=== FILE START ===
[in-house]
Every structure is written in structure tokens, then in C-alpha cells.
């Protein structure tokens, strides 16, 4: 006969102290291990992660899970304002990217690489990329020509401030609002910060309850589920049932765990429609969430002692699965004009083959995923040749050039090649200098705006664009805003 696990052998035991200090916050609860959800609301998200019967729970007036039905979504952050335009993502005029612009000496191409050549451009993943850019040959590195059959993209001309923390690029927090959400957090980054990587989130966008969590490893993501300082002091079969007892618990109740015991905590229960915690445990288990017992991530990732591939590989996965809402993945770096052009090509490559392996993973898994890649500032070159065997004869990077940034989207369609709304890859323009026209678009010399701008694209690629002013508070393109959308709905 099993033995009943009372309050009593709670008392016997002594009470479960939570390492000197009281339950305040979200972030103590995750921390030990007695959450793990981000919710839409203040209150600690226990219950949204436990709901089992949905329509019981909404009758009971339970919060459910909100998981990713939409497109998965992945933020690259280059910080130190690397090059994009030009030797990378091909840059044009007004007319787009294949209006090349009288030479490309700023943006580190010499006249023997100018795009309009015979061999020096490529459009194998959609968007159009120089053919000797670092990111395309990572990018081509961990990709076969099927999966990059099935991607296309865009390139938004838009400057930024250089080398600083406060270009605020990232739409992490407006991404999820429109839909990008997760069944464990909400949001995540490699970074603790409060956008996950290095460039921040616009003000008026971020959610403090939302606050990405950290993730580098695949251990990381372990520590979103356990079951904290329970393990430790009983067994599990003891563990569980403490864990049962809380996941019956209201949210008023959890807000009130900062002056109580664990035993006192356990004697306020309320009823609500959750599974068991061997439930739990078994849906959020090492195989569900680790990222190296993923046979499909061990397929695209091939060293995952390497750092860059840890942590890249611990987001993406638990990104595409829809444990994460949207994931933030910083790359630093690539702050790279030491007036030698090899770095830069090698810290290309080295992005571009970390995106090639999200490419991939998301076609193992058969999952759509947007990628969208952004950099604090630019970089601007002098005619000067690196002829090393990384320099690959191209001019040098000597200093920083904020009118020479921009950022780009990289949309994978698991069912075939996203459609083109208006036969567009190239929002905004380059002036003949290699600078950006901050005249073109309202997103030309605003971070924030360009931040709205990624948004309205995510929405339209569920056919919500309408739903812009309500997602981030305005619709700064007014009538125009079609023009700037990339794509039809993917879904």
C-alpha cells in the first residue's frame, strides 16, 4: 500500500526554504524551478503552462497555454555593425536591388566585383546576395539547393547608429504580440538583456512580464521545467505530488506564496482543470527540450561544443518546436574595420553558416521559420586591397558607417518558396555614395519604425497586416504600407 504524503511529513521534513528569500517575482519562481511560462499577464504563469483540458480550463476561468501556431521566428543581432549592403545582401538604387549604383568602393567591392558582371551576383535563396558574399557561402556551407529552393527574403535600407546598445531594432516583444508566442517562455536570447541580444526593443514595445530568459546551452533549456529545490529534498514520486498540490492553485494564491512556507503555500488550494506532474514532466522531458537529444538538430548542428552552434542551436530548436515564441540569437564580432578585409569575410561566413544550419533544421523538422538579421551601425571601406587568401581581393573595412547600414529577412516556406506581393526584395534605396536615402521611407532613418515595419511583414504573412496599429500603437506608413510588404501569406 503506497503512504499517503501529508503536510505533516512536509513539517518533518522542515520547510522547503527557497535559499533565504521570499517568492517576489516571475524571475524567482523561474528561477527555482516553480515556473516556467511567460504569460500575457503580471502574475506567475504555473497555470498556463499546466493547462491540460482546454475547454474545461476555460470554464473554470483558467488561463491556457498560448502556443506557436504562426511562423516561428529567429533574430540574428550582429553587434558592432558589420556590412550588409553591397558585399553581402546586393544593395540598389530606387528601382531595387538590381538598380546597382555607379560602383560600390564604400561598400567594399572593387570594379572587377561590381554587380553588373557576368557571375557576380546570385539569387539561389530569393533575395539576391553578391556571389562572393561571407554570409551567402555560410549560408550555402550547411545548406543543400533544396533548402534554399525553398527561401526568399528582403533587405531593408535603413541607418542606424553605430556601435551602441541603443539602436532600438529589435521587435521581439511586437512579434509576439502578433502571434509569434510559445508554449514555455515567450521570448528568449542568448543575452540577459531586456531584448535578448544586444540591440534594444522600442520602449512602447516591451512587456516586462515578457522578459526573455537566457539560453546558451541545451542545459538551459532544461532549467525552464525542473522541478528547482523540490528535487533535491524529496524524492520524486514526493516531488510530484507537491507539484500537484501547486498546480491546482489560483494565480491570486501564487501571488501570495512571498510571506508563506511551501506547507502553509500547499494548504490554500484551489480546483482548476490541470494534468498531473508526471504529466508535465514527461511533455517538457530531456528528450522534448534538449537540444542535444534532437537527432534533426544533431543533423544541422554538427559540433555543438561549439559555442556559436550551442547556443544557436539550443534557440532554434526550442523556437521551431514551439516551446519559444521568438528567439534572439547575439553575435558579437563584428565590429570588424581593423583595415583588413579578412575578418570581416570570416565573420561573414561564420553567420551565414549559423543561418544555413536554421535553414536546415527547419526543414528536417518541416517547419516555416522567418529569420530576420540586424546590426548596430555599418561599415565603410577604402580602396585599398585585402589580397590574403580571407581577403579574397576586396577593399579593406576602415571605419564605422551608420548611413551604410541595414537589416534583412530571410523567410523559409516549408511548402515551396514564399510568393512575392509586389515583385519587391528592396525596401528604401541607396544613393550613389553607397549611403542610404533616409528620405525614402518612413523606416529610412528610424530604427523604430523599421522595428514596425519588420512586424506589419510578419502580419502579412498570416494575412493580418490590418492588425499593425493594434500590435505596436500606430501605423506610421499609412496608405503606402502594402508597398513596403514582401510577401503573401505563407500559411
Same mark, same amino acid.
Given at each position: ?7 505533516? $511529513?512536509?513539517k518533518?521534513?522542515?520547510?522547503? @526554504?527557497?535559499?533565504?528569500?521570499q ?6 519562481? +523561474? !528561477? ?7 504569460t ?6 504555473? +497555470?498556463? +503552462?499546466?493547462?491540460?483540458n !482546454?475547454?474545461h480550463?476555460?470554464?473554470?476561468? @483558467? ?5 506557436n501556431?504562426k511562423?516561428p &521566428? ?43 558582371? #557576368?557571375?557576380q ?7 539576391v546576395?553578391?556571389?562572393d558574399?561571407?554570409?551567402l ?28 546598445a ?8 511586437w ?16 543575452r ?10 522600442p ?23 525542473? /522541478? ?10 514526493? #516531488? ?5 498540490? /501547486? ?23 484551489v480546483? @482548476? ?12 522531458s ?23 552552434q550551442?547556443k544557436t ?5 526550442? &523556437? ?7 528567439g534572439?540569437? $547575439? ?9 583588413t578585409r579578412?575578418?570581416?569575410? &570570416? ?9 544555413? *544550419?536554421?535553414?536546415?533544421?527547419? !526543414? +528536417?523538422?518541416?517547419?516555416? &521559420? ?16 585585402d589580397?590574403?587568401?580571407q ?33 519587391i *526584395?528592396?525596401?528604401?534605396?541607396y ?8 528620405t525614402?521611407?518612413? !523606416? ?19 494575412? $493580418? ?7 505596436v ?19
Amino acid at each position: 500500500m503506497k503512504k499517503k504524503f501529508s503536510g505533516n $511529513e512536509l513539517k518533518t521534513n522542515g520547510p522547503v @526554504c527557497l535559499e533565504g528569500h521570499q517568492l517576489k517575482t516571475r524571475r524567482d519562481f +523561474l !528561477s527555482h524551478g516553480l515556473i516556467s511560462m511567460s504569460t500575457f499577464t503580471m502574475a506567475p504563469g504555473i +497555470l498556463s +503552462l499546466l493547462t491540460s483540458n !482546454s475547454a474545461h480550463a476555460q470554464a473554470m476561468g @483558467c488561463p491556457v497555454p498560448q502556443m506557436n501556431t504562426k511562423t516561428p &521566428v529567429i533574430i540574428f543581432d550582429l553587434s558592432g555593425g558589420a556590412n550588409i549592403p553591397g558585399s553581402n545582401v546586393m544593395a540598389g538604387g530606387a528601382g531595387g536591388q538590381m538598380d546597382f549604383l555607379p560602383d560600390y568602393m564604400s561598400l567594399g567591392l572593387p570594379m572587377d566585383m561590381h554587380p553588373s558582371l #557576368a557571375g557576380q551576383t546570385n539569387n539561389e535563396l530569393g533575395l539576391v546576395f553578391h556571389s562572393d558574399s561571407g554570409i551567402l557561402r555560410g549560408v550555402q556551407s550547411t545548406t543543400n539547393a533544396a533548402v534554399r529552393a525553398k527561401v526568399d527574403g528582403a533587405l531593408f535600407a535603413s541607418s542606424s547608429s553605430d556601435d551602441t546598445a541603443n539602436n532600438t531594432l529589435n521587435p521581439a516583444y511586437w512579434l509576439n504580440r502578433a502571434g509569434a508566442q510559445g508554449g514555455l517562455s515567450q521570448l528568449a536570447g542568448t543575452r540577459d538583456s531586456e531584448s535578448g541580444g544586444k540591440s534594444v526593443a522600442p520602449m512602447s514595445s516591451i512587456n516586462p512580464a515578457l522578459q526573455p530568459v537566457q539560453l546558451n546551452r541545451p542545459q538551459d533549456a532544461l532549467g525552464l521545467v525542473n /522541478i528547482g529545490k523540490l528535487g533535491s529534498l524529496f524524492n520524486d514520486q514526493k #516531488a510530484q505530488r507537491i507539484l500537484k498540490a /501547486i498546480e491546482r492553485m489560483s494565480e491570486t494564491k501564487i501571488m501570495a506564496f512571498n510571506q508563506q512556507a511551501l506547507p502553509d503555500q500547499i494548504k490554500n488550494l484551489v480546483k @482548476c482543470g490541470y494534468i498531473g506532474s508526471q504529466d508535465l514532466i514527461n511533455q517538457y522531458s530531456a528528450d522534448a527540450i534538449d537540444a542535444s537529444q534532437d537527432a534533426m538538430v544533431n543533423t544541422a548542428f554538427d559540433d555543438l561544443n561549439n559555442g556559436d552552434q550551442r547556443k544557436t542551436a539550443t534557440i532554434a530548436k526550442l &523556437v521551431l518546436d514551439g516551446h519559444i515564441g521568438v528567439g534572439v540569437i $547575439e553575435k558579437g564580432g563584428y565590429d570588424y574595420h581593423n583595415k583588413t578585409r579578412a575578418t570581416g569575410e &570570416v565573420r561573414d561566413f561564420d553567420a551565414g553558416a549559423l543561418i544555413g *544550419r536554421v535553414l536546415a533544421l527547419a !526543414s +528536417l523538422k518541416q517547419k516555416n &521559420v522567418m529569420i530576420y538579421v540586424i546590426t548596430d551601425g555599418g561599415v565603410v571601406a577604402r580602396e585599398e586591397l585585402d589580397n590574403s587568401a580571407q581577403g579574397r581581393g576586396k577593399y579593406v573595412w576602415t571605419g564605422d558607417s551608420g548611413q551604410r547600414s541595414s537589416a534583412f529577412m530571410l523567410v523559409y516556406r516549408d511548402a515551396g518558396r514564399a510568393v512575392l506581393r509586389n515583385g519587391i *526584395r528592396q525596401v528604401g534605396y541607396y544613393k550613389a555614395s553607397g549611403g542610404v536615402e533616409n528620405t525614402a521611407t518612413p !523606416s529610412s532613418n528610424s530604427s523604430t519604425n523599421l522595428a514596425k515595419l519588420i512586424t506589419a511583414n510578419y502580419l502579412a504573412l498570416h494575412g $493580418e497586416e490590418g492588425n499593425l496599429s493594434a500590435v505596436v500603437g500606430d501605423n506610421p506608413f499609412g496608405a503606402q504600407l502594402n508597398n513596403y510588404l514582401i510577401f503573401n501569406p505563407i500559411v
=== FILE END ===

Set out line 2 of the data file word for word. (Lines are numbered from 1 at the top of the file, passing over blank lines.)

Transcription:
Every structure is written in structure tokens, then in C-alpha cells.